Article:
Two recent New York Times articles have caught my attention: one that deals directly with motivating consumers to be energy efficient and one that explores the complexities — and predictability — of human behavior.
The latter was in this Sunday’s edition, “When Humans Need a Nudge Toward Rationality.” It mentions an interesting social experiment performed in men’s rooms in Amsterdam: images of flies were etched into the porcelain urinals, thereby giving gentlemen something to aim at. The result? “Spillage” was reduced 80%. The article goes on to reference a book called “Nudge” by Cass R. Sunstein, who has recently been named by President Obama as administrator of the White House’s Office of Information and Regulatory Affairs. “Mr. Sunstein,” the article reads, “favors nudging people to save more, eat better, weigh less, invest more sensibly, pay down debt, avoid hazardous mortgages, drive safely and wear bike helmets.”
One of the best ways to “nudge” people to adopt sustainable behaviors was covered in an earlier Times article from Saturday, January 31.
“In a move that has proved surprisingly effective,” Sacramento Municipal Utility District in April “began sending out statements to 35,000 randomly selected customers, rating them on their energy use compared with that of neighbors in 100 homes of similar size that used the same heating fuel. The customers were also compared with the 20 neighbors who were especially efficient in saving energy.” The Times added, “When the Sacramento utility conducted its first assessment of the program after six months, it found that customers who received the personalized report reduced energy use by 2 percent more than those who got standard statements.”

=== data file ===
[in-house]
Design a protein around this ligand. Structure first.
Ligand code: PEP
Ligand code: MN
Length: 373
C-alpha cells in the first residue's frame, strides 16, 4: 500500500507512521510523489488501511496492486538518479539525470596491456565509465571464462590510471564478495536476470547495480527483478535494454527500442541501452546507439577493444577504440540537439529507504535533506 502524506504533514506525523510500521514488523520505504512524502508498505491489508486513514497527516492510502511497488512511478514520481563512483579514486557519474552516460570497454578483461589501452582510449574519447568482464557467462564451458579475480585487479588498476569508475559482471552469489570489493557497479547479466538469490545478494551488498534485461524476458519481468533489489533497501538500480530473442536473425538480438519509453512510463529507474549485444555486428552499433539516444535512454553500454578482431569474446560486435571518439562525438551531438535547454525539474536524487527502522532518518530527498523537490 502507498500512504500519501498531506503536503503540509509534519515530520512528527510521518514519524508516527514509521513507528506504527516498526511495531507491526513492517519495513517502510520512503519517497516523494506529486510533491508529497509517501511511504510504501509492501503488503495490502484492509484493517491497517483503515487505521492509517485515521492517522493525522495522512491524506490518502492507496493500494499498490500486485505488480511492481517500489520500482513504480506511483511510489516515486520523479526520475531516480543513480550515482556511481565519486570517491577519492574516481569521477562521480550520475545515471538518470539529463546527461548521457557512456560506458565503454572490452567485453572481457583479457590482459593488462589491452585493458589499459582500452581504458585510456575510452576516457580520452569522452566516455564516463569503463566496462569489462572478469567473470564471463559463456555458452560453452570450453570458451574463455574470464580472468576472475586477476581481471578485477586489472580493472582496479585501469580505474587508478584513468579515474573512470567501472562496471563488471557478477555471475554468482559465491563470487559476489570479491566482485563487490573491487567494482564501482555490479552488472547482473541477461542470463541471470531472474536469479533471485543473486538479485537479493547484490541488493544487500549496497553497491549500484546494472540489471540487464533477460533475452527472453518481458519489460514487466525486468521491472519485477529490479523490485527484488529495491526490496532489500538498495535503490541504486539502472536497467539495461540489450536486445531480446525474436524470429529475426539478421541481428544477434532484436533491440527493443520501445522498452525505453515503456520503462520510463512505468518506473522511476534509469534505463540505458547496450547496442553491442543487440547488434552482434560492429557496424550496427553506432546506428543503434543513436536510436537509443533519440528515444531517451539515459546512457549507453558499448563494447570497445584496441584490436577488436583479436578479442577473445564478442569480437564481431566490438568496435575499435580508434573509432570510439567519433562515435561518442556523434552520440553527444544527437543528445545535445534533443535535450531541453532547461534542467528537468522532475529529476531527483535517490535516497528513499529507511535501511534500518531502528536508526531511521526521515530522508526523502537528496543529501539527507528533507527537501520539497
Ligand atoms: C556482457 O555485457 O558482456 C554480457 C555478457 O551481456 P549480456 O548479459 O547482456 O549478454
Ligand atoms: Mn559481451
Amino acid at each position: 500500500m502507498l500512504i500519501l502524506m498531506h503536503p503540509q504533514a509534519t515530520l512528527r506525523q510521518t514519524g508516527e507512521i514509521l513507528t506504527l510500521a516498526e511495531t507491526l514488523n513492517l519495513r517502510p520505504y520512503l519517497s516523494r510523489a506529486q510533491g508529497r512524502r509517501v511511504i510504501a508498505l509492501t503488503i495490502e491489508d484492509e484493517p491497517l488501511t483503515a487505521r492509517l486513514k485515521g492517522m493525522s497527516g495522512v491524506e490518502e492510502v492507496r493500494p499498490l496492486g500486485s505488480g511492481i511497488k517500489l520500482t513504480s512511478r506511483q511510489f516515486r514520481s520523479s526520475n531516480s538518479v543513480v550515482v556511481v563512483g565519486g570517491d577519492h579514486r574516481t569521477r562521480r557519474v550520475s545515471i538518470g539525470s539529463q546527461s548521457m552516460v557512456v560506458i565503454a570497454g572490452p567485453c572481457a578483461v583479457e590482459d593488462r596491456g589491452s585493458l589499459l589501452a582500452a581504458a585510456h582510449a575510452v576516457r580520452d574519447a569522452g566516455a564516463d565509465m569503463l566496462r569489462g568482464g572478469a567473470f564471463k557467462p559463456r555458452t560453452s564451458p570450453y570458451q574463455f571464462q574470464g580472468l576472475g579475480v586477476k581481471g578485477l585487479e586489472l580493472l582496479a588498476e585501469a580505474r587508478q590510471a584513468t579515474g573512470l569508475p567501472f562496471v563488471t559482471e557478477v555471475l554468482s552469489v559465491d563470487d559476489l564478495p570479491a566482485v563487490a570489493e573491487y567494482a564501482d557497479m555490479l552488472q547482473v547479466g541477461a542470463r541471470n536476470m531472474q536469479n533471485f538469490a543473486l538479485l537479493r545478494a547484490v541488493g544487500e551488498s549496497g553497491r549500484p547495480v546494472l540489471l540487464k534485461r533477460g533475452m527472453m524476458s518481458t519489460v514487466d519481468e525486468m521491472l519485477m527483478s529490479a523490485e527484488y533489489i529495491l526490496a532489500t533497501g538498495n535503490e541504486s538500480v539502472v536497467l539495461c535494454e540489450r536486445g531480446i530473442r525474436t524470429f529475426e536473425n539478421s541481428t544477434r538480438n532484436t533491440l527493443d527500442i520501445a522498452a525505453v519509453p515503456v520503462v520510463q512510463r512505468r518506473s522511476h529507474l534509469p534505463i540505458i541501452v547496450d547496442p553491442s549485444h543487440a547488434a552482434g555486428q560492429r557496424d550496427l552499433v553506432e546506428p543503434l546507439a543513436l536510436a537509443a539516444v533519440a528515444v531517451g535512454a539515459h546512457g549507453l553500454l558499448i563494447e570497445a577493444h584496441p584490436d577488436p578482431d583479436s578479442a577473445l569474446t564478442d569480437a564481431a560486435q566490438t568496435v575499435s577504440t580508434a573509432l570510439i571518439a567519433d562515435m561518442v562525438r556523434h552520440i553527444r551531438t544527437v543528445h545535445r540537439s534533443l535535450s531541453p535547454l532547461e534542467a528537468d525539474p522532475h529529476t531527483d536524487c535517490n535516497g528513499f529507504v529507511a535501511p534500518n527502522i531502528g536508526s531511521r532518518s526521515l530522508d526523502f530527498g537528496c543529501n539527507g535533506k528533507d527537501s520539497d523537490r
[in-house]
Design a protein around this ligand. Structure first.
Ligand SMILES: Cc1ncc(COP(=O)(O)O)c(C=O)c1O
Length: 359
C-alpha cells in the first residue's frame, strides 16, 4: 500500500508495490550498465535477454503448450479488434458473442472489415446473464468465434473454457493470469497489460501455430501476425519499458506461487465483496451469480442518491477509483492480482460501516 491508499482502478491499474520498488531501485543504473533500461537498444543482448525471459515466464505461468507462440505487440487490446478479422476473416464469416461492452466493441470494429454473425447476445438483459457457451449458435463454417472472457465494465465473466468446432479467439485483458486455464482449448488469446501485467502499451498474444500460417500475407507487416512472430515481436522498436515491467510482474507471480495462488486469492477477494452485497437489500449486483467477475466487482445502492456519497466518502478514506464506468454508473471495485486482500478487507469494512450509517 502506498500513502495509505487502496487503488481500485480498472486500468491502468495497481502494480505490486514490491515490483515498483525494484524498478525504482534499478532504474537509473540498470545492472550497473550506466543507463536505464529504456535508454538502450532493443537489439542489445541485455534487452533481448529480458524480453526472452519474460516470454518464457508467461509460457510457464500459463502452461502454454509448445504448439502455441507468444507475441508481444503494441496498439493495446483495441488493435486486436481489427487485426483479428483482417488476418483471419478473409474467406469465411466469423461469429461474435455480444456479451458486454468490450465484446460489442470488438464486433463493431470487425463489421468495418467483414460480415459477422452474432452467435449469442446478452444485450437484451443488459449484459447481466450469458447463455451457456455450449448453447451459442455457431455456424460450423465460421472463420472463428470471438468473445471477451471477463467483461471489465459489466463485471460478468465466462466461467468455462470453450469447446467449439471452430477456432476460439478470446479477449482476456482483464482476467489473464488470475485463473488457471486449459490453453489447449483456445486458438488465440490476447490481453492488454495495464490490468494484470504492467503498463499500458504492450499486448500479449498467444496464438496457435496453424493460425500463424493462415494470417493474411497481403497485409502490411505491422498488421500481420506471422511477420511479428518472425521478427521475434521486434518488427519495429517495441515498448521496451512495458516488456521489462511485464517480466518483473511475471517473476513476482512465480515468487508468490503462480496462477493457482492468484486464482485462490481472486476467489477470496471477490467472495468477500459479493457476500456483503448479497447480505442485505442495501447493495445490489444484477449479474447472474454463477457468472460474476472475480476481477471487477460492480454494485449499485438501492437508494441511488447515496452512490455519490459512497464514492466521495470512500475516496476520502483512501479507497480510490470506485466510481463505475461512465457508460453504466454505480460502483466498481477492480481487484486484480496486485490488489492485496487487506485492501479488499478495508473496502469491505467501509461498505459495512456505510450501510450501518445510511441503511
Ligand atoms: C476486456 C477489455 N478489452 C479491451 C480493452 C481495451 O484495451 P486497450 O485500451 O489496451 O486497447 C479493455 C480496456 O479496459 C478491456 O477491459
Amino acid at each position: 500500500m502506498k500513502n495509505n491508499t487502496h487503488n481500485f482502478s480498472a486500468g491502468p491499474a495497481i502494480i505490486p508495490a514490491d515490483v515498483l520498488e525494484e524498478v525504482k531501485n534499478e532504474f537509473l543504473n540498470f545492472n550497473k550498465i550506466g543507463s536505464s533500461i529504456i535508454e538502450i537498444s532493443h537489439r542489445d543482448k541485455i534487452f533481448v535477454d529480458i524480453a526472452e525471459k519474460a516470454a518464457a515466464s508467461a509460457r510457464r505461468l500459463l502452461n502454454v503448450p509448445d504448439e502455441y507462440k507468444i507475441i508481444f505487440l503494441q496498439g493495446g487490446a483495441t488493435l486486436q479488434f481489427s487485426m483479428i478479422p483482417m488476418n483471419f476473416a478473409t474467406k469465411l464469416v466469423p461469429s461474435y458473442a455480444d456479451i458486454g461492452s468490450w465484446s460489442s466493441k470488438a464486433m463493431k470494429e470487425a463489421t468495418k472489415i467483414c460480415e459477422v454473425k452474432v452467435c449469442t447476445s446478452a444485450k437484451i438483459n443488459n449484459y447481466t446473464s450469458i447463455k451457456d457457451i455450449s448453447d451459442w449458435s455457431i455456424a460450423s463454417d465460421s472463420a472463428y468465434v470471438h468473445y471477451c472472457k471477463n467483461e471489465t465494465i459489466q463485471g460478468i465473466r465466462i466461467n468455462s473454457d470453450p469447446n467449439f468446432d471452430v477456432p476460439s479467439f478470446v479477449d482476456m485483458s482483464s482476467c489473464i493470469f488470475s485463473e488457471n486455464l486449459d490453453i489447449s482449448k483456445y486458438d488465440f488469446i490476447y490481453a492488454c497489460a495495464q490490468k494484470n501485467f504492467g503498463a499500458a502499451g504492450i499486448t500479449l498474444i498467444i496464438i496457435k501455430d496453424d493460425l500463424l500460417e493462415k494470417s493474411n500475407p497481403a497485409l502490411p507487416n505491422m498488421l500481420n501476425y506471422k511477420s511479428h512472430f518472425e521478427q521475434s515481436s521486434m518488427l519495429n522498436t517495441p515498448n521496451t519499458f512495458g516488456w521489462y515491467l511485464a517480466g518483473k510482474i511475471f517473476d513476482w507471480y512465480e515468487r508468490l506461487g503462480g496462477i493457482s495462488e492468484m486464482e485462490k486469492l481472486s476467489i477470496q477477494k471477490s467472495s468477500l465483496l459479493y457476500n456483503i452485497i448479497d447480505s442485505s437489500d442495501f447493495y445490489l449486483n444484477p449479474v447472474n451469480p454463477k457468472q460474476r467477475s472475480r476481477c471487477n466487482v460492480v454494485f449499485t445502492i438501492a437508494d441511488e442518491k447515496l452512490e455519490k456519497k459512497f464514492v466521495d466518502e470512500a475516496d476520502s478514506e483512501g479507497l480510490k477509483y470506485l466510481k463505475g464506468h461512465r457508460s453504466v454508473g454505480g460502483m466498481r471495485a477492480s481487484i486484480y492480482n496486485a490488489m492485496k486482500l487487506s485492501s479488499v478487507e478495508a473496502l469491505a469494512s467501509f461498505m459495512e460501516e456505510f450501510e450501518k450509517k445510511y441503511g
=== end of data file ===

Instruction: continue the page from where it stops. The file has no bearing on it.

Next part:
Peer pressure works. We have been hard pressed to get consumers to ‘fess up to it in the numerous focus groups we’ve conducted on green and energy efficient behaviors, but we see examples like the one from SMUD repeatedly having the desired, nudging effect. The same is true with recycling. Ask a consumer who lives in a neighborhood with an active curbside recycling program what it feels like to not put their own blue bin by the curb, and they’ll talk of glares from the neighbors and feeling ashamed.
We’ve written here before about how the new administration must include consumer education in the mix along with energy audits and free home weatherization. This is what we’re talking about. It’s not just screaming, “save money” at people. It’s about evoking some of the most universal human emotions: we all want to be accepted, we all want to feel smart, and, best case, we all want to feel like the cool kid on the block.